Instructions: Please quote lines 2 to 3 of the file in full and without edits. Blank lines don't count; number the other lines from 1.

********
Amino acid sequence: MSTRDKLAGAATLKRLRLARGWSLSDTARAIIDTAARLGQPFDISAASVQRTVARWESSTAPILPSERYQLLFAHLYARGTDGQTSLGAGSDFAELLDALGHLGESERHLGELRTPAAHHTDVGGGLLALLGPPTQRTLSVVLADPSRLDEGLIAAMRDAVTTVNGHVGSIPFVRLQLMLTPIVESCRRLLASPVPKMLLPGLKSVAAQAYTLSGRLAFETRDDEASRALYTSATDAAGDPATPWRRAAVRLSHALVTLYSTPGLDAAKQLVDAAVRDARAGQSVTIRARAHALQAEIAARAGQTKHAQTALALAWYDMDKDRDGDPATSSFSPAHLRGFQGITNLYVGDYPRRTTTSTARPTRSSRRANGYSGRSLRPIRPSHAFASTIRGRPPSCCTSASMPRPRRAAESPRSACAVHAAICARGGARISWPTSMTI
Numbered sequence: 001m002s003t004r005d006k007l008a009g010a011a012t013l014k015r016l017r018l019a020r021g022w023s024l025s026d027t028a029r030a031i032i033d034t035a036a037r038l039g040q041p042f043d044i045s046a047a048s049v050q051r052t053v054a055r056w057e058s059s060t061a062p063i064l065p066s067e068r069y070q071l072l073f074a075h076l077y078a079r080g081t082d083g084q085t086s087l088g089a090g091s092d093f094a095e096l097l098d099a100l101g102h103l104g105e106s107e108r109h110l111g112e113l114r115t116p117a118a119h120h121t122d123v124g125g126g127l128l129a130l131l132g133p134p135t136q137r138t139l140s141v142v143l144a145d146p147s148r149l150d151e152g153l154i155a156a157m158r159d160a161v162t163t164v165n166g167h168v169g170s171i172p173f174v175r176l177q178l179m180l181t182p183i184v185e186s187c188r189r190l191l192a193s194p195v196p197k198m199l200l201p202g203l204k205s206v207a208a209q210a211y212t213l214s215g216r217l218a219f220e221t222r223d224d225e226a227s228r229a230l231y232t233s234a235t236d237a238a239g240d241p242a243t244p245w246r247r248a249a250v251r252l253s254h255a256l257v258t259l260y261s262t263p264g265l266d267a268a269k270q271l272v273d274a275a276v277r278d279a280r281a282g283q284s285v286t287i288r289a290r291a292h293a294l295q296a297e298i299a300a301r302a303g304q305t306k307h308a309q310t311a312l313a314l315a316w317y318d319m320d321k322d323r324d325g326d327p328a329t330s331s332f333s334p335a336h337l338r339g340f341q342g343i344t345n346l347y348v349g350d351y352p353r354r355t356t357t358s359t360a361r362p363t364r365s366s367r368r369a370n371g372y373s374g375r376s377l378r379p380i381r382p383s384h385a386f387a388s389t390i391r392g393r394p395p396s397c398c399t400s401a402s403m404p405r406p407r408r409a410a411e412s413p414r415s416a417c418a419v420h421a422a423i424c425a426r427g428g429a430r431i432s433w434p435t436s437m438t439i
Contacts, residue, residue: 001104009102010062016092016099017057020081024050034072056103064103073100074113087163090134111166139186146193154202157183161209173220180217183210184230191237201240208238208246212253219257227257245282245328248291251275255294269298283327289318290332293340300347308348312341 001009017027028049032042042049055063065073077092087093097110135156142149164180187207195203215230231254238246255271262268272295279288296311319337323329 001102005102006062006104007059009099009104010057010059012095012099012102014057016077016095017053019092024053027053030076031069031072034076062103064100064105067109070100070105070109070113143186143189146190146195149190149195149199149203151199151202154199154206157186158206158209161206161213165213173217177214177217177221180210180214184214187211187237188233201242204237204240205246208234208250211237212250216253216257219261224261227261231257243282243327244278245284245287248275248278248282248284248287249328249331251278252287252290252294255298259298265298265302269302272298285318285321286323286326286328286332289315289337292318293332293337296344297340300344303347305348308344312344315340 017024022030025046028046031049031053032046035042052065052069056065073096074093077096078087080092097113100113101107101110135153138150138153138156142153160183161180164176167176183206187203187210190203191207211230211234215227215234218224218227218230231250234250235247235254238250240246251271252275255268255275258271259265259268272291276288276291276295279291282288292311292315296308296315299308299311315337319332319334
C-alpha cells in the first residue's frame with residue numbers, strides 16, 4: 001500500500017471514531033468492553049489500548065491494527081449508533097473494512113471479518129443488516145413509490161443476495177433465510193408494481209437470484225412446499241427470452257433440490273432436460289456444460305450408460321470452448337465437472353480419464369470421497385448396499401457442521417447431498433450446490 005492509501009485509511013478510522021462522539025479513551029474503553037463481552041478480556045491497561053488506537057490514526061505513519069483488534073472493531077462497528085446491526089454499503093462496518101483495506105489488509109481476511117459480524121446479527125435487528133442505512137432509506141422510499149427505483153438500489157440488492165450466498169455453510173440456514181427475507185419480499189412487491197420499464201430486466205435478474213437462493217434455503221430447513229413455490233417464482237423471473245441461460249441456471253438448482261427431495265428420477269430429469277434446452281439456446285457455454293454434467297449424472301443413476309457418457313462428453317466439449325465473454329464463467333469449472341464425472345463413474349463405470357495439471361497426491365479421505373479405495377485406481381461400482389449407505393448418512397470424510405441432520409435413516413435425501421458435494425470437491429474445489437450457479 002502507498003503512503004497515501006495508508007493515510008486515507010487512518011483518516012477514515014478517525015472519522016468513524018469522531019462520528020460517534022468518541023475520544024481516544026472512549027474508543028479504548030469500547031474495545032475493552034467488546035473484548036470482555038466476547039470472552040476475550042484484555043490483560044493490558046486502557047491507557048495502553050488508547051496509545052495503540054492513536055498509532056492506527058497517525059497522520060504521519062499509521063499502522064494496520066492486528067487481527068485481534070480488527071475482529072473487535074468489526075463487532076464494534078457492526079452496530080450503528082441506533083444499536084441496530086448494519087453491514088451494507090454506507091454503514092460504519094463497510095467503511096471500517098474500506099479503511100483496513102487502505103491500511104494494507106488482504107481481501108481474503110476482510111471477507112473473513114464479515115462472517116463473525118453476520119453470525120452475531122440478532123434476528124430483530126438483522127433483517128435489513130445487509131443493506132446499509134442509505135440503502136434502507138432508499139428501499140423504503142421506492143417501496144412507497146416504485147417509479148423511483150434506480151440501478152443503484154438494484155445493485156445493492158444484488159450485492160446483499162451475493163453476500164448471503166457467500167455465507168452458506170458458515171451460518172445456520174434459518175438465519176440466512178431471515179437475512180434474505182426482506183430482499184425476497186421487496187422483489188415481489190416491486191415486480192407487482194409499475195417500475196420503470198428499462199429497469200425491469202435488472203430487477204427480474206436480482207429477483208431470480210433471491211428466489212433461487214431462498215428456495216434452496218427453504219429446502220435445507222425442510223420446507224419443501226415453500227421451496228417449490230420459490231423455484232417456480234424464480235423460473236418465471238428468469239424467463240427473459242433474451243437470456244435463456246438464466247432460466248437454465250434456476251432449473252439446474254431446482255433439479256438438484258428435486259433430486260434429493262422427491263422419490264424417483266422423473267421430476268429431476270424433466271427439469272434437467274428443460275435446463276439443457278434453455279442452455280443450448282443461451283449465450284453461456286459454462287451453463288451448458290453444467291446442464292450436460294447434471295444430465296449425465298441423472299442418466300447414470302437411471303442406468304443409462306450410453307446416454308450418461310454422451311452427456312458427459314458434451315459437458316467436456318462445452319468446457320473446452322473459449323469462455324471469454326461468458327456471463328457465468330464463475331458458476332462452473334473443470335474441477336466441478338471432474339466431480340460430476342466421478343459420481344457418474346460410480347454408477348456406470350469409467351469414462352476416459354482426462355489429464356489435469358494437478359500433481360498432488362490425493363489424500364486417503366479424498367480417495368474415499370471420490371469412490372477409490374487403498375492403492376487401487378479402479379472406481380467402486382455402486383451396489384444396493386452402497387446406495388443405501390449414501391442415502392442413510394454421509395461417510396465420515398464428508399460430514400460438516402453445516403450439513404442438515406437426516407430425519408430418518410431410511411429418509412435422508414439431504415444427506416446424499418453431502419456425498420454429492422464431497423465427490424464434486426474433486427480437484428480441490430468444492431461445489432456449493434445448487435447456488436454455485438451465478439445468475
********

Numbered sequence: 001m002s003t004r005d006k007l008a009g010a011a012t013l014k015r016l017r018l019a020r021g022w023s024l025s026d027t028a029r030a031i032i033d034t035a036a037r038l039g040q041p042f043d044i045s046a047a048s049v050q051r052t053v054a055r056w057e058s059s060t061a062p063i064l065p066s067e068r069y070q071l072l073f074a075h076l077y078a079r080g081t082d083g084q085t086s087l088g089a090g091s092d093f094a095e096l097l098d099a100l101g102h103l104g105e106s107e108r109h110l111g112e113l114r115t116p117a118a119h120h121t122d123v124g125g126g127l128l129a130l131l132g133p134p135t136q137r138t139l140s141v142v143l144a145d146p147s148r149l150d151e152g153l154i155a156a157m158r159d160a161v162t163t164v165n166g167h168v169g170s171i172p173f174v175r176l177q178l179m180l181t182p183i184v185e186s187c188r189r190l191l192a193s194p195v196p197k198m199l200l201p202g203l204k205s206v207a208a209q210a211y212t213l214s215g216r217l218a219f220e221t222r223d224d225e226a227s228r229a230l231y232t233s234a235t236d237a238a239g240d241p242a243t244p245w246r247r248a249a250v251r252l253s254h255a256l257v258t259l260y261s262t263p264g265l266d267a268a269k270q271l272v273d274a275a276v277r278d279a280r281a282g283q284s285v286t287i288r289a290r291a292h293a294l295q296a297e298i299a300a301r302a303g304q305t306k307h308a309q310t311a312l313a314l315a316w317y318d319m320d321k322d323r324d325g326d327p328a329t330s331s332f333s334p335a336h337l338r339g340f341q342g343i344t345n346l347y348v349g350d351y352p353r354r355t356t357t358s359t360a361r362p363t364r365s366s367r368r369a370n371g372y373s374g375r376s377l378r379p380i381r382p383s384h385a386f387a388s389t390i391r392g393r394p395p396s397c398c399t400s401a402s403m404p405r406p407r408r409a410a411e412s413p414r415s416a417c418a419v420h421a422a423i424c425a426r427g428g429a430r431i432s433w434p435t436s437m438t439i
Contacts, residue, residue: 001104009102010062016092016099017057020081024050034072056103064103073100074113087163090134111166139186146193154202157183161209173220180217183210184230191237201240208238208246212253219257227257245282245328248291251275255294269298283327289318290332293340300347308348312341 001009017027028049032042042049055063065073077092087093097110135156142149164180187207195203215230231254238246255271262268272295279288296311319337323329 001102005102006062006104007059009099009104010057010059012095012099012102014057016077016095017053019092024053027053030076031069031072034076062103064100064105067109070100070105070109070113143186143189146190146195149190149195149199149203151199151202154199154206157186158206158209161206161213165213173217177214177217177221180210180214184214187211187237188233201242204237204240205246208234208250211237212250216253216257219261224261227261231257243282243327244278245284245287248275248278248282248284248287249328249331251278252287252290252294255298259298265298265302269302272298285318285321286323286326286328286332289315289337292318293332293337296344297340300344303347305348308344312344315340 017024022030025046028046031049031053032046035042052065052069056065073096074093077096078087080092097113100113101107101110135153138150138153138156142153160183161180164176167176183206187203187210190203191207211230211234215227215234218224218227218230231250234250235247235254238250240246251271252275255268255275258271259265259268272291276288276291276295279291282288292311292315296308296315299308299311315337319332319334